Deadshirt is Reading… Spider-Gwen!

Deadshirt Is Reading… is a weekly feature in which Deadshirt’s staff, contributing writers, and friends-of-the-site offer their thoughts on Big Two cape titles, creator-owned books, webcomics and more. 


Joe Stando is reading…

Spider-Gwen #2

Written by Jason Latour

Art by Robbi Rodriguez and Rico Renzi (colors)

Lettered by Clayton Cowles


“Real people, real lives, are flawed. Sometimes they’re weak. Sometimes they’re wrong. Even the heroes.”

Spider-Gwen has a lot going for it. It’s a gorgeous, stylish book, with cool costume designs and frantic action sequences. It’s set in a universe that’s familiar but differs in interesting ways, like a cop Frank Castle and an evil Matt Murdock. But the key that brings me back, issue after issue, is how deftly the book combines superhero battles and personal drama and conflict, and this week had that quality in spades.

Latour, Rodriguez, and Renzi’s story is strikingly different from the Marvel universe we know, but it calls back to the kinds of stories that defined the very earliest Spider-Man comics: power, responsibility, and angst. Gwen’s career (aside from the various alternate reality jaunts) has primarily involved fighting with her former best friends and trying not to let people who depend on her down. She’s a capable hero, but still struggling with the weight and consequences of superheroics, and Green Goblin is that conflict incarnate. Rather than going with a stock insanity background, Spider-Gwen’s Harry Osborn willingly chose to become a government-backed Green Goblin out of the same guilt and sense of responsibility that drove Gwen to be Spider-Woman. He’s her mirror image, and the standard “I love you but I hate your alter ego” trope is much stronger given how close we’ve seen their bond is.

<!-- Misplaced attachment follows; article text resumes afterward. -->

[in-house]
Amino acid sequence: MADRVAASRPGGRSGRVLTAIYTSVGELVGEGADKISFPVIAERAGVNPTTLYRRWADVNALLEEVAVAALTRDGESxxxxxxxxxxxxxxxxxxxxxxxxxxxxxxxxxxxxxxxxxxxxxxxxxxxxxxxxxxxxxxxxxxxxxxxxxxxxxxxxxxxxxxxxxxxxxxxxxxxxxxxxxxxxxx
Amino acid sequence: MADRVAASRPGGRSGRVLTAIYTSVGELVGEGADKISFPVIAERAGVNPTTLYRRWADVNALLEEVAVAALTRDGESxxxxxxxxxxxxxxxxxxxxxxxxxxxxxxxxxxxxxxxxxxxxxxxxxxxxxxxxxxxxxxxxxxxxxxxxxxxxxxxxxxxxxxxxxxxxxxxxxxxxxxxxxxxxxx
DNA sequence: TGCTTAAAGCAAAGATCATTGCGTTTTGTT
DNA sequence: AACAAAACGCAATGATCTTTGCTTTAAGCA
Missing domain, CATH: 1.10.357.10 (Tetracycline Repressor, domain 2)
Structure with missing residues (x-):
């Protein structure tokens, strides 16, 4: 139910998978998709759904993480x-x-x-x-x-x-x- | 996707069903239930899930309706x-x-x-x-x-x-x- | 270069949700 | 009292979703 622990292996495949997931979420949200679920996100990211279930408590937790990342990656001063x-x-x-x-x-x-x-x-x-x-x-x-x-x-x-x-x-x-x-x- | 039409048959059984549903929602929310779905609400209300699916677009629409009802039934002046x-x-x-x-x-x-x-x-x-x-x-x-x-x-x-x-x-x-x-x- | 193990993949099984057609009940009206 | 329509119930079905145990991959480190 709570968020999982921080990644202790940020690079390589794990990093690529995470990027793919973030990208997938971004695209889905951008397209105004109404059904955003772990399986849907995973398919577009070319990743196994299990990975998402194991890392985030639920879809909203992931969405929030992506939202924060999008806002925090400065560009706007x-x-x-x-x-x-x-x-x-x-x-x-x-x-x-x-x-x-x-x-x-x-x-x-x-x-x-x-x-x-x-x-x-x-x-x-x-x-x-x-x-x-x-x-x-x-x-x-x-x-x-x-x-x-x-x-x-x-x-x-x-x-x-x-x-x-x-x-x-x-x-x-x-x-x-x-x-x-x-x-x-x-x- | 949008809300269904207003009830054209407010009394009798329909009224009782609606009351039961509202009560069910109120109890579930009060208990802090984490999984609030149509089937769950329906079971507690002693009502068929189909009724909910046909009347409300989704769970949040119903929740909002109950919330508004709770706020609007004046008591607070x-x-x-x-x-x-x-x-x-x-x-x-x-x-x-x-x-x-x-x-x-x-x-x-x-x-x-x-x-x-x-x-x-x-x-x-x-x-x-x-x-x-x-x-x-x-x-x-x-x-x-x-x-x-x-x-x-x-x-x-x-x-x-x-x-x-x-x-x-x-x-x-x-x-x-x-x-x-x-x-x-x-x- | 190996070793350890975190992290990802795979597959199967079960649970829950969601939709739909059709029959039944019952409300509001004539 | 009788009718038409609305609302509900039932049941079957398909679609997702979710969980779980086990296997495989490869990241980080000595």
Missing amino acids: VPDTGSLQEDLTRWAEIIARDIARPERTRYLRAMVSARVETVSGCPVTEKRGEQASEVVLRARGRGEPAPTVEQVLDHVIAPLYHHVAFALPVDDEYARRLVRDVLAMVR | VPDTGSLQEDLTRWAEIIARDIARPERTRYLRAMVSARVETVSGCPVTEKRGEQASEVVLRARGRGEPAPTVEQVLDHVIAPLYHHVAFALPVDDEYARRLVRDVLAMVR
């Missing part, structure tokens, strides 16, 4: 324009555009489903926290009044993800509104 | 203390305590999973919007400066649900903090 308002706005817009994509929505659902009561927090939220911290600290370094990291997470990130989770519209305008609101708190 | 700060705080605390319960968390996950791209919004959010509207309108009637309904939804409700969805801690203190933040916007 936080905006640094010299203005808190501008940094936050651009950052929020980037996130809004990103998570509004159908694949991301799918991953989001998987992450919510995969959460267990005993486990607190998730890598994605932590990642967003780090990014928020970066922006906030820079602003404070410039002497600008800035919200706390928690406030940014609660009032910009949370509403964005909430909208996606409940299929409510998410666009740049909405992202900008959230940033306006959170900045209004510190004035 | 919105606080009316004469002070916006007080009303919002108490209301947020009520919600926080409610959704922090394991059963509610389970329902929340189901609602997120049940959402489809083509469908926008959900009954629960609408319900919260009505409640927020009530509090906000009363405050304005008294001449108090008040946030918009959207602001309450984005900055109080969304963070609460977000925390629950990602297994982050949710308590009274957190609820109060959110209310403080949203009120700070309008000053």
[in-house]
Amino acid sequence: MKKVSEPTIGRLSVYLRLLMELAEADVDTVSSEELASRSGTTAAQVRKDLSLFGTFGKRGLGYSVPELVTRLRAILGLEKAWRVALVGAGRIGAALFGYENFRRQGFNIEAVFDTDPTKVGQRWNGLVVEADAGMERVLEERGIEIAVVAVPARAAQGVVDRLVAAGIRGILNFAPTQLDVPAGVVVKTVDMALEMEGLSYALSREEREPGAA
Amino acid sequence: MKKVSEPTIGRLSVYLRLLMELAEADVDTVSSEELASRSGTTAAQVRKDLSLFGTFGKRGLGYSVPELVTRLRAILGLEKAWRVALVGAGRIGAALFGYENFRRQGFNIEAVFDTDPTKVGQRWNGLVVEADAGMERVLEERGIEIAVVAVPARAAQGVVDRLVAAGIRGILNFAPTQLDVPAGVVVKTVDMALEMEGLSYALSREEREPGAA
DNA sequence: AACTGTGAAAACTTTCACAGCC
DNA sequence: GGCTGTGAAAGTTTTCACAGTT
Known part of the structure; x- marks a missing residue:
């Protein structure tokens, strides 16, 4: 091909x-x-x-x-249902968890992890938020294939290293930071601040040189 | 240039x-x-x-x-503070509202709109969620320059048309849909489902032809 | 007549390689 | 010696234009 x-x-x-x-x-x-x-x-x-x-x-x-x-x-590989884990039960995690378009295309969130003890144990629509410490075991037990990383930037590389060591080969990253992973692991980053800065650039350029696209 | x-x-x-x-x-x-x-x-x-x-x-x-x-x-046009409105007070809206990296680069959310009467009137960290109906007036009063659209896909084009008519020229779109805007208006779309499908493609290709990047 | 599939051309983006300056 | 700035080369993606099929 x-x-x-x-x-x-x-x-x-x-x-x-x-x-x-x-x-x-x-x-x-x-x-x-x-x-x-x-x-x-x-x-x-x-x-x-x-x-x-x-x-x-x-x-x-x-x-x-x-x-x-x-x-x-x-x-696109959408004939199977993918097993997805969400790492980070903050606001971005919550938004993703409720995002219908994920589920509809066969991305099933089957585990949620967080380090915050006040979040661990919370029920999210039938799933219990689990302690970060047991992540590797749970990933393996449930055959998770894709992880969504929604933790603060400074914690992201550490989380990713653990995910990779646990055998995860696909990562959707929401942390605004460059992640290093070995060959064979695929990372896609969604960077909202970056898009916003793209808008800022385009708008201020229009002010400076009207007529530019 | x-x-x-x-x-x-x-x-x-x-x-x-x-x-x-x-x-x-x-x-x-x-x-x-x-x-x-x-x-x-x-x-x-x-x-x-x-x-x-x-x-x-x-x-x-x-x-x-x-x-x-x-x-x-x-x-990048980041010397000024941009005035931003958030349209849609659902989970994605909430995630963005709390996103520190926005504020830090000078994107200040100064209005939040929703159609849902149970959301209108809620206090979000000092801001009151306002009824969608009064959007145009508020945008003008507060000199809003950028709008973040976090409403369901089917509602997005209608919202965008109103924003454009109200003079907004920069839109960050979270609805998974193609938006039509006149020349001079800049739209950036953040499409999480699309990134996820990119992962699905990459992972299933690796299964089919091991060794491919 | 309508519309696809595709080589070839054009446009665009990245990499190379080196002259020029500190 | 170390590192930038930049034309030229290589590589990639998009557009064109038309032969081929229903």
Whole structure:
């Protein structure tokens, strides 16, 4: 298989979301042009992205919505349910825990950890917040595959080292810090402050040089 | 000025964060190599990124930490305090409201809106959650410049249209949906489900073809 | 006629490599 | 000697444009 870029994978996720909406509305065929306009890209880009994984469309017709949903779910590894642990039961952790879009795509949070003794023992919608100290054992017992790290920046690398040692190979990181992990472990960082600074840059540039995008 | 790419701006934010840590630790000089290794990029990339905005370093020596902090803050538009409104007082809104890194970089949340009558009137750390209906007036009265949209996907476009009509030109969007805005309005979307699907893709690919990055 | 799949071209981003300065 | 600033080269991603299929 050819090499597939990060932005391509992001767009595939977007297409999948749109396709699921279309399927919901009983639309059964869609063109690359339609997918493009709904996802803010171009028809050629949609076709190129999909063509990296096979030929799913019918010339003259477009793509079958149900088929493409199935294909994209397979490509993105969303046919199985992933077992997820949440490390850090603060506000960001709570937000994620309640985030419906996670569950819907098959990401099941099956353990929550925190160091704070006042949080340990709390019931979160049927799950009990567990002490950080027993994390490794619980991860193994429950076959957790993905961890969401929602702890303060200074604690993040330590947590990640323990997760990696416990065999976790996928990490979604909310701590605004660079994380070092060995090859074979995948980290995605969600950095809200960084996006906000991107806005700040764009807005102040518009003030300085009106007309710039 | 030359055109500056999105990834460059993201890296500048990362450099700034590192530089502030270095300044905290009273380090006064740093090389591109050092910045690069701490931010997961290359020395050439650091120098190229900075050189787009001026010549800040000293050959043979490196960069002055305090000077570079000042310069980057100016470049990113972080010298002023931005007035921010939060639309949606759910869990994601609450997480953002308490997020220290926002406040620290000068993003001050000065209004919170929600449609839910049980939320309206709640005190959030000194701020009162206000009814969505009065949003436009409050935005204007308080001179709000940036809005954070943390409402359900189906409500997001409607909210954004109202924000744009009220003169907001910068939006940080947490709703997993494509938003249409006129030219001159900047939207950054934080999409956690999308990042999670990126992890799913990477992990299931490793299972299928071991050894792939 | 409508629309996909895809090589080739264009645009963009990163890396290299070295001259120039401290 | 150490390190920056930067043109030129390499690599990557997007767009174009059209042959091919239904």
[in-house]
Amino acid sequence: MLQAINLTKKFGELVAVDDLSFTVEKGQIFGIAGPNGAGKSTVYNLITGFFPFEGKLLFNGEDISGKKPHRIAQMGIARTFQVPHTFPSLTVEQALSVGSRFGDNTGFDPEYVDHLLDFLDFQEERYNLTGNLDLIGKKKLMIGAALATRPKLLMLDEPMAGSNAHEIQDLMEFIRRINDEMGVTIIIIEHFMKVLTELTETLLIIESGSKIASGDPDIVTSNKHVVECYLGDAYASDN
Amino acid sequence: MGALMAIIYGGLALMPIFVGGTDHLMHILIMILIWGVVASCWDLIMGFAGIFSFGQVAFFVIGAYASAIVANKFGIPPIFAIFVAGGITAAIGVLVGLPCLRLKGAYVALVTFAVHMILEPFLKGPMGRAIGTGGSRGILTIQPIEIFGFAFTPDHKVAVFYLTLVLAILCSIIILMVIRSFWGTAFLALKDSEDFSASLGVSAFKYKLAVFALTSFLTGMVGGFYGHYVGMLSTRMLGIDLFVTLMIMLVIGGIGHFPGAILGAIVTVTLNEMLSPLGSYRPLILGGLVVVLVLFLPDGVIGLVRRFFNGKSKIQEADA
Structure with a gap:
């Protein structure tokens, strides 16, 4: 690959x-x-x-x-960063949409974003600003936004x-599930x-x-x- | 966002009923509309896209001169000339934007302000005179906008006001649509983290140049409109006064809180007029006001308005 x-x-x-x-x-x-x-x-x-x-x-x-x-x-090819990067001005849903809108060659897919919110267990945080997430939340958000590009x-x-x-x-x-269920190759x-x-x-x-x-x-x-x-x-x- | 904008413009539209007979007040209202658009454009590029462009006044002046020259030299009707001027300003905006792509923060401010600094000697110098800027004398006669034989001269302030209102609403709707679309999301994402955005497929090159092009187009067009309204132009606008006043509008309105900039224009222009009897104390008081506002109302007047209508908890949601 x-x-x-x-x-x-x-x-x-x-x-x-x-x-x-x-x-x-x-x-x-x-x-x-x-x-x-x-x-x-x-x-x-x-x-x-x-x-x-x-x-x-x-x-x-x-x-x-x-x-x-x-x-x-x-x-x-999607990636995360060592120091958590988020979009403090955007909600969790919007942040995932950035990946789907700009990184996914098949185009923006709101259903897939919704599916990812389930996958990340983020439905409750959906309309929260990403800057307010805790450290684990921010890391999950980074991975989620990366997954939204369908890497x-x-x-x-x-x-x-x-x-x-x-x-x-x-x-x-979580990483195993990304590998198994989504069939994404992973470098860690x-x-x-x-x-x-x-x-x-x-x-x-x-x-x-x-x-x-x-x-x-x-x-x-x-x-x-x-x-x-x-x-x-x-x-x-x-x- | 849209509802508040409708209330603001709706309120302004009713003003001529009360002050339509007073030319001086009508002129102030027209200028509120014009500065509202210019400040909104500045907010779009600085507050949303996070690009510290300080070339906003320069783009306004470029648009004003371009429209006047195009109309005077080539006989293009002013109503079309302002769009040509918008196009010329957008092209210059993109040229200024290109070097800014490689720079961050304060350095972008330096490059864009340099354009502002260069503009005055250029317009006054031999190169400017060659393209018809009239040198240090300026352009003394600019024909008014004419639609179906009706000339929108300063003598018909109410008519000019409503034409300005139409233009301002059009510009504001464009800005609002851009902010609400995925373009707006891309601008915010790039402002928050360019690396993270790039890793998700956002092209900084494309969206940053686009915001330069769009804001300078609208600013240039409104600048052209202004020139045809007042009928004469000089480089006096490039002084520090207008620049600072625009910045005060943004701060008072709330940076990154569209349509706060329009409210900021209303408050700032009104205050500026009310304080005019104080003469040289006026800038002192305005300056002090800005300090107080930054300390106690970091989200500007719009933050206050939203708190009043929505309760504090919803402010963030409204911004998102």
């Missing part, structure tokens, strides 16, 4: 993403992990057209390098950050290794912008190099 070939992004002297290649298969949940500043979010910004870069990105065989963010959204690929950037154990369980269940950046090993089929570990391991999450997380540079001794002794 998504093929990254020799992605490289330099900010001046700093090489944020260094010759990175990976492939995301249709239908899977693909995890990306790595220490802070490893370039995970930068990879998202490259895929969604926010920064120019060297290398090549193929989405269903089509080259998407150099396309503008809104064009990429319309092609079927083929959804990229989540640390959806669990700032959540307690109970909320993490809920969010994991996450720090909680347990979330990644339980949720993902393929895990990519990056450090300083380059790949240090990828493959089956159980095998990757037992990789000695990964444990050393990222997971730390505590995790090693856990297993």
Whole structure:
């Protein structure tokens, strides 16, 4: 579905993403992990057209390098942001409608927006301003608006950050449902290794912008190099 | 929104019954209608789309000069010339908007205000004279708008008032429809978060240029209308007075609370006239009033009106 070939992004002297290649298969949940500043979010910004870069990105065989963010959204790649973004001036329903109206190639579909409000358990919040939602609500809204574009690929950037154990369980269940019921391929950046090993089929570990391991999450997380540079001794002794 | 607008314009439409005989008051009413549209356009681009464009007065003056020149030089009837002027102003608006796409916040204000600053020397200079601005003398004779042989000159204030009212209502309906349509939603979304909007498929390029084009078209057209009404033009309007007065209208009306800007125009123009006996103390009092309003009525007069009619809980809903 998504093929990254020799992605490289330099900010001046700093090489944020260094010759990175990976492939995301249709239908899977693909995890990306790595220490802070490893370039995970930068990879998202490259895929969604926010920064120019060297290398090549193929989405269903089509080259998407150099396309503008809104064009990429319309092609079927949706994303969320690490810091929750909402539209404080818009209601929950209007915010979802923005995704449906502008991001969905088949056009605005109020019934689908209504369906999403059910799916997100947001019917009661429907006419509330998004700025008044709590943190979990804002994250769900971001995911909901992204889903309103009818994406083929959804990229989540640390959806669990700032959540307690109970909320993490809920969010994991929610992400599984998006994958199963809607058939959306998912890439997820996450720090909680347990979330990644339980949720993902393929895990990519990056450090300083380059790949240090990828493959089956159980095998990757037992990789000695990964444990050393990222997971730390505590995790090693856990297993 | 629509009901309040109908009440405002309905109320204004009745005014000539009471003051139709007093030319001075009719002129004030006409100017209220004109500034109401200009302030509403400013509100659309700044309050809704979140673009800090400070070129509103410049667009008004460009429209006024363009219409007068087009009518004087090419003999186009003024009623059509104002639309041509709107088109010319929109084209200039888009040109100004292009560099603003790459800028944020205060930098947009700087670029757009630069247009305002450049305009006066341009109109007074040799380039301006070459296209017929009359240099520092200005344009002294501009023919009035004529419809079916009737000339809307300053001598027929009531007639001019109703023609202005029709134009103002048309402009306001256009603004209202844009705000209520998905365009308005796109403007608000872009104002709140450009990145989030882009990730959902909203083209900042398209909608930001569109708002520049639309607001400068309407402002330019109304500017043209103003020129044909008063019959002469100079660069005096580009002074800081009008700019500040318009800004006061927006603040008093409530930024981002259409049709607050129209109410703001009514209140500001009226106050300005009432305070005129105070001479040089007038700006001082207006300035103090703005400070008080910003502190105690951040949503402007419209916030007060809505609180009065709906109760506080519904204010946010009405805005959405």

Spider-Gwen is still building out its world, with offhanded references to Janet Van Dyne and Tony Stark. I’m excited for those elements, and I’m excited for the upcoming crossover with other Spider-books, but this is a story that shines when it’s at its most intimate, and this issue, with its climactic battle between Gwen and Osborn, is among its best.

Thanks for reading about what we’re reading! We’ll be back next week with a slew of suggestions from across the comics spectrum. In the meantime, what are you reading? Tell us in the comments section, on Twitter or on our Facebook Page!

Post By Joe Stando (49 Posts)